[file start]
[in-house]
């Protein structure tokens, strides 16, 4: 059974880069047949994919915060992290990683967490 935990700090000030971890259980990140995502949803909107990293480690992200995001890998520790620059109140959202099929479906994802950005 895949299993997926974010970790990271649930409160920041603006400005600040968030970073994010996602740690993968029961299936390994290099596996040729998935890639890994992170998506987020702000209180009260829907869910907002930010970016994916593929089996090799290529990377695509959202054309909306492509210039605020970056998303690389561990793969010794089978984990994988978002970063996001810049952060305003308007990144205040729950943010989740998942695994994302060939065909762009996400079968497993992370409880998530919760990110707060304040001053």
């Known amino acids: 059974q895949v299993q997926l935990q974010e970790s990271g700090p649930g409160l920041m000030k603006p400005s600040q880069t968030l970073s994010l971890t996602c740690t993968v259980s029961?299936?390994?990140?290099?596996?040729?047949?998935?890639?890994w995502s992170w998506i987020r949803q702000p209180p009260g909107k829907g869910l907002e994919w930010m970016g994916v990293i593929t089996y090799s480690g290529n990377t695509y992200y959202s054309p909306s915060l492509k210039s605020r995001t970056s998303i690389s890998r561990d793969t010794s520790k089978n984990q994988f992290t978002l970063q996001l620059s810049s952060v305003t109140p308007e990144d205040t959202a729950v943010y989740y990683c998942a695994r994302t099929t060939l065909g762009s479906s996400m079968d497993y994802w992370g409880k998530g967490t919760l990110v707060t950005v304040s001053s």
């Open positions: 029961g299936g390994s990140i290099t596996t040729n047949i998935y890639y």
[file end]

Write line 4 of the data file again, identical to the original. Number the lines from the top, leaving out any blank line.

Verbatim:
């Open positions: 029961g299936g390994s990140i290099t596996t040729n047949i998935y890639y």